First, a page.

(Yes, yes, I know this doesn't consider methods - things you can actually do to a helicopter, but you get my drift. Ok - I just like lego helicopters...)
Campbell Ritchie
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  23
A Lego helicopter is a perfectly good instance. It can have attributes eg size, colour. It can have methods and behaviour, eg "fly" "fall in pieces when dropped from 10 feet" etc.

I still think Jesper's is the best answer.
Cameron Wallace McKenzie
author and cow tipper
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Joined: Aug 26, 2006
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    1

Do you know what a car is?

A car is an object. Just saying the word 'car' conjures up all sorts of ideas about a car, be it how fast it goes (behavoir or methods) or how heavy a car might be (its property or state).

Can you describe a car to someone without actually showing them a real car? Of course you can! You can define or describe what a car is without holding one, touching one or driving one. An object is like a car, where you can define or describe it by the characteristics that the car has.

A car is an object, that has properties and behavior.

Do YOU have a car? Does it occupy space? Can you touch it, or drive it, or crash it? YOUR car is like an instance. It is a real thing that actually does all of the things we would expect a car to do. But it's different from other cars, becuase it is a unique instance.

So, in Java, an object is like the general idea of a car, where YOUR car would be equivalent to an instance.



With that code, you are saying you need something that is a Car. You just want an object to fulfill the requirement, and the requirement is a Car.


This actually creates a real, tangible instance of a car that can be manipulate on a JVM.

Well, at least, that's how I think about it.

-Cameron Mckenzie
David Newton
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Joined: Sep 29, 2008
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or you could type System.out.println( (new Thing()).toString() );. Here the object never has a name, but it existed just the same, but only long enough to execute the print statement, then that Thing without a name is gone.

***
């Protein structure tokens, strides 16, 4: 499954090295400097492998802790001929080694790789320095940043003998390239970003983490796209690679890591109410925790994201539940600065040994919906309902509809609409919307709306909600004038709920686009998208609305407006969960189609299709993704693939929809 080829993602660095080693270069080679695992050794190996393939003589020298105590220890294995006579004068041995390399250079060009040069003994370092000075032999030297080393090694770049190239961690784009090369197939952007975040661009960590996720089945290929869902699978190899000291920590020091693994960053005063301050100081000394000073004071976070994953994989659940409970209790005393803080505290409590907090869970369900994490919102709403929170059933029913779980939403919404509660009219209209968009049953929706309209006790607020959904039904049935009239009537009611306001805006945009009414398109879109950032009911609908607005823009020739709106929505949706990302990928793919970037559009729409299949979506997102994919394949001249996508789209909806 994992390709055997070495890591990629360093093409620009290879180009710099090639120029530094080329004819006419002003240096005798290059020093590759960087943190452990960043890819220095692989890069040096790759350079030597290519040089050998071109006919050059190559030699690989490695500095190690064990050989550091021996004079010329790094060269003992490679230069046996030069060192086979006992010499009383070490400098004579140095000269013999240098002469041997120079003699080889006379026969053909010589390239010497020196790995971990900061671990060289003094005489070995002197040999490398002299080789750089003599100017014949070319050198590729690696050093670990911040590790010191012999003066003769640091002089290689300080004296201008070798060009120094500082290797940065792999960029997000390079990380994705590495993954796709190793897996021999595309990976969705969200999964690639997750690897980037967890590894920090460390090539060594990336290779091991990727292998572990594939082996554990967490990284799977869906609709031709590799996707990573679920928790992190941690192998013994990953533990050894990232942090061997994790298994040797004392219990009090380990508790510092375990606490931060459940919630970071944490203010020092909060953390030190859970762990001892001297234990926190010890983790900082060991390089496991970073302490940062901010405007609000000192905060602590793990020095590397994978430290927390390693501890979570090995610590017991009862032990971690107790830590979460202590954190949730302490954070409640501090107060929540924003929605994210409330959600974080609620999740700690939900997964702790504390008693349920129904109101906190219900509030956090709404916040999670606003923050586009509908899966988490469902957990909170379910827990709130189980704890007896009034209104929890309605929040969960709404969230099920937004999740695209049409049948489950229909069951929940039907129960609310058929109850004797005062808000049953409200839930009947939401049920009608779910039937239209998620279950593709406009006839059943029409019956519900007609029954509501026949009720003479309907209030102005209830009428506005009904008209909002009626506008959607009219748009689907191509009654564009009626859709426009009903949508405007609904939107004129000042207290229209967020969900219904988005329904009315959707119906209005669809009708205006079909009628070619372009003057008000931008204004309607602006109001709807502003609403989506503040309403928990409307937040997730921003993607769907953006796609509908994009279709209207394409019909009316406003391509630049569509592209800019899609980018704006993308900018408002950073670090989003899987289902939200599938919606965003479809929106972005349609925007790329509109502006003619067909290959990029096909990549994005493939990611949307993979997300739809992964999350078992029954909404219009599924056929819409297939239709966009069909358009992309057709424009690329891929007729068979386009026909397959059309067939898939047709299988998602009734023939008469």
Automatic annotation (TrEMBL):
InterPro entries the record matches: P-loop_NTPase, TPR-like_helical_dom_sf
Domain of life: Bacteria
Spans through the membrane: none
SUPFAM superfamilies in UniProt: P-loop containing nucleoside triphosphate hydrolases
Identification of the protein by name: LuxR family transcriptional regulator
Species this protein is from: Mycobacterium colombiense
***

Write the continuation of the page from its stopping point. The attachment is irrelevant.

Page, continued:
There's still an instance of Thing, though, for the duration of the s.o.p.
Fred Hamilton
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Joined: May 13, 2009
Posts: 679
David Newton wrote:
or you could type System.out.println( (new Thing()).toString() );. Here the object never has a name, but it existed just the same, but only long enough to execute the print statement, then that Thing without a name is gone.

There's still an instance of Thing, though, for the duration of the s.o.p.


What does s.o.p. mean? if you mean System.out.print, well that's exactly what I originally said, althought not in the same words.
David Newton
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Oh. I thought you were differentiating to explain object v. instance.
Fred Hamilton
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Posts: 679
David Newton wrote:Oh. I thought you were differentiating to explain object v. instance.


No, In the part you quoted, I meant the same thing, I could have said "The instance lasted long enough..." An object is an instance for the purpose of my post. Sorry of I wasn't clear.

Probably I clouded the issue a bit by differentiating the name of an object from the object itself, as I see it the name of the object exists more or less independantly of the object itself. You can have a name without an object and you can have a useful object without a name, although that second use would be limited.
David Newton
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Posts: 12617

Gotcha; my fault.

Although objects-without-names are used a lot (think anonymous inner classes).
Campbell Ritchie
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  23

Let's get back to the original thread subject.

An object is a software representation of something. An object is derived from a class and you call it an instance of that class. The difference is very slight.